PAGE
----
Avoid drinking alcohol with Ibuprofen. Consumption of alcohol may increase the risk of gastrointestinal bleeding.
Your blood pressure may be impacted by the use of Ibuprofen. If you have high blood pressure (hypertension), the use of Ibuprofen may lead to an increase in your blood pressure. Hence, you should, monitor your blood pressure regularly.
Ibuprofen can make you feel drowsy/sleepy or dizzy. Be careful, especially while driving, while using heavy machinery, or when doing any activity that needs you to be completely alert. The consumption of alcohol can worsen the drowsiness or dizziness.
This medicine may cause stomach/gastrointestinal bleeding. Regular use of tobacco and alcohol may increase your risk. Discuss with your doctor if you smoke and drink alcohol regularly. Ibuprofen may increase your risk of infection if you suffer from chickenpox (varicella infection) and hence must not be used in this condition. In other cases, the use of NSAIDs may mask infections. Your risk of getting viral infections (rhinitis) and meningitis (aseptic), especially in patients with existing autoimmune disorders (such as systemic lupus erythematosus and mixed connective tissue disease). This medication may increase your sensitivity to sunlight and make you prone to sunburn. Limit your time outdoors. Use a sunscreen and cover your skin when you are outdoors. Consult with your doctor if you have sunburns/blisters on your body.
Geriatric patients may have higher incidence of side-effects when using Ibuprofen. Elderly (geriatric) patients may see an increased risk of gastrointestinal bleeding, and rupture (perforation) in the lining of the stomach or intestine.
Long-term treatment increases the risk of heart attack, blockage of the blood flow to the brain (stroke), ulcers, and gastrointestinal bleeding.

Ibuprofen Side-effects

Difficulty in emptying the bowels (constipation), loose stools (diarrhea), gas in the stomach (flatulence), feeling of tiredness (fatigue), skin rashes, pain or uncomfortable feeling in the stomach (dyspepsia), headache, nausea, vomiting, abdominal pain, dark sticky stools with blood (melaena), vomiting of blood (haematemesis), and bleeding in the gastrointestinal tract (gastrointestinal haemorrhage) may occur with Ibuprofen. If any of these symptoms worsen or last for a long time, inform your doctor (or pharmacist) promptly.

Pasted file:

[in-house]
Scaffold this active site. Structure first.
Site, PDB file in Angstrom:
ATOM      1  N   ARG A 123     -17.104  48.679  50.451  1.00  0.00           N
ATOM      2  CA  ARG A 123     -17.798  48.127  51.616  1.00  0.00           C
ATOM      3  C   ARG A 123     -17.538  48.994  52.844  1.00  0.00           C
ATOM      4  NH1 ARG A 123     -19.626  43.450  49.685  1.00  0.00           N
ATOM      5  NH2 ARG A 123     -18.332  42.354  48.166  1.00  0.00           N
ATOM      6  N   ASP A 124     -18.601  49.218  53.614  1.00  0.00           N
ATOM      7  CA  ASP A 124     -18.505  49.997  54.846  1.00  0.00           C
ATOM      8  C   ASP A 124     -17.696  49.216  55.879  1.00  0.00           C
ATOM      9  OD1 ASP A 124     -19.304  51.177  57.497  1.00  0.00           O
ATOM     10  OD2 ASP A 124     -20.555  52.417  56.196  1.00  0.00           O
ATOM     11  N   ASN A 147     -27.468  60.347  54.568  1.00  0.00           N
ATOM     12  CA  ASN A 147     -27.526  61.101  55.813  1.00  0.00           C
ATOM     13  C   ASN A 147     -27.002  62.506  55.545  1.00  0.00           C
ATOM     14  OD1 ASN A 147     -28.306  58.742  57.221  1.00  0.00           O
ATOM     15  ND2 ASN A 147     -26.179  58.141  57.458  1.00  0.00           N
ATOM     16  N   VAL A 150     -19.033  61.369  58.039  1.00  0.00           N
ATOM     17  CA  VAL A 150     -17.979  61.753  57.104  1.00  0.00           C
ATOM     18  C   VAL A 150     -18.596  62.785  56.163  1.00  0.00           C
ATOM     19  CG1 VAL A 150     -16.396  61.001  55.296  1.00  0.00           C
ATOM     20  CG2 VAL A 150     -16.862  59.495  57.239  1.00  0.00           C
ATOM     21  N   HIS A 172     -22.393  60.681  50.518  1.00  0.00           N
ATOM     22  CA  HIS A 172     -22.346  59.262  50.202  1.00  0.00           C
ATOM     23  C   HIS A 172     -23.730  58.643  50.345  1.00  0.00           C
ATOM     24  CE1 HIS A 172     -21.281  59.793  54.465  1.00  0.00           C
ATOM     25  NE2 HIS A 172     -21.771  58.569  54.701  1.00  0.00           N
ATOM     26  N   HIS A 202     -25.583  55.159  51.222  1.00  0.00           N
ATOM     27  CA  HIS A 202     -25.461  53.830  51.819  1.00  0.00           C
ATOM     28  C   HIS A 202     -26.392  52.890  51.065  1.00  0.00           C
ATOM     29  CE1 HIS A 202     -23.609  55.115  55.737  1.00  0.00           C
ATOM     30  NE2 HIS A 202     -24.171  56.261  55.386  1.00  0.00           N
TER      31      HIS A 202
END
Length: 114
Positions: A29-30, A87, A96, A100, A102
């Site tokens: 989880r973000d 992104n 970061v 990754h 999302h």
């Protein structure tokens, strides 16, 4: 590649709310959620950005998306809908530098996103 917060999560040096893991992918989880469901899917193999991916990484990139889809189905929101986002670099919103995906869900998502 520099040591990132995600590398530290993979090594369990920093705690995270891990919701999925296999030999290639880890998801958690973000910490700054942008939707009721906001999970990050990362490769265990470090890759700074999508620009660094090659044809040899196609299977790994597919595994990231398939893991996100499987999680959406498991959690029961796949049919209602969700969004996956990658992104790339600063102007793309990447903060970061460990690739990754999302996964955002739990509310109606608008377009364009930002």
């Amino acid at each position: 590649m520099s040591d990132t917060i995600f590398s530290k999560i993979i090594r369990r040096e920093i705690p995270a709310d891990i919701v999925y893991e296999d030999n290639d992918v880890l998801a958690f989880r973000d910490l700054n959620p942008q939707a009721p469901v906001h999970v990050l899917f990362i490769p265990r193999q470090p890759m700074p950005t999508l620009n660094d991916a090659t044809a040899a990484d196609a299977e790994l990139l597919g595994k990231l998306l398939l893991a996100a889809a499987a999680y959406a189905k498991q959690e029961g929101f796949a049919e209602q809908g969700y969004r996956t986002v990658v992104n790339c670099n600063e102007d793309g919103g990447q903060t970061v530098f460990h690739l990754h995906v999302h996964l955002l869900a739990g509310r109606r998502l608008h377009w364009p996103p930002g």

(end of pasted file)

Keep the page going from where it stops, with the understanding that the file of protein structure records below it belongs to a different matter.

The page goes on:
Rarely or infrequently, viral infection of the nose and throat (rhinitis), deficiency of platelets in the blood (thrombocytopenia), abnormally low white blood cell count (agranulocytosis), body stops producing enough new blood cells (aplastic anaemia), destroyed red blood cells hemolytic anemia), difficulty falling asleep (insomnia), nervousness (anxiety), vision loss, partially or completely loss of hearing, difficulty in breathing (bronchospasm), inflammation of the lining of the stomach (gastritis), sore in the lining of the duodenum (duodenal ulcer), mouth ulcer, rupture in the wall of the gastrointestinal tract (gastrointestinal perforation), inflammation of the liver (hepatitis), yellow discoloration of the skin (jaundice), abnormal hepatic function, skin rashes with red, itchy and raised bumps (urticaria), severe itching of the skin (pruritus), red or purple discolored spots on the skin (purpura), swelling of the lower layer of skin (angioedema), sensitivity to the sun (photosensitivity reaction), decreased renal function (tubulointerstitial nephritis), body producing too much protein in the urine (nephrotic syndrome), and kidney (renal) failure may occur with the use of Ibuprofen.
Using Ibuprofen may cause (possibly fatal) hepatic effects such as yellowing of the skin (jaundice), inflammation of the liver (fulminant hepatitis), loss of liver function (liver necrosis). The symptoms may include an abnormality in the function of the liver (liver dysfunction).
The use of Ibuprofen may cause a possibly fatal side-effect. Ibuprofen may cause a gastrointestinal disorder. Symptoms of the side-effect may include inflammation of the gastrointestinal tract (GIT), bleeding of the gastrointestinal tract, ulceration of the gastrointestinal tract, and rupture (perforation) in the lining of the stomach, small intestine, or large intestine.
Your doctor has prescribed this Ibuprofen because they have judged that the benefits outweigh the risks posed by side effects. Many people using this medicine do not have serious side effects. This is not a complete list of possible side effects for Ibuprofen.
If you notice other side effects not listed above, contact your doctor for medical advice. You may also report side effects to your local food and drug administration authority. You can look up the drug authority contact information from the Drug Authority Finder at TabletWise.com.

Warnings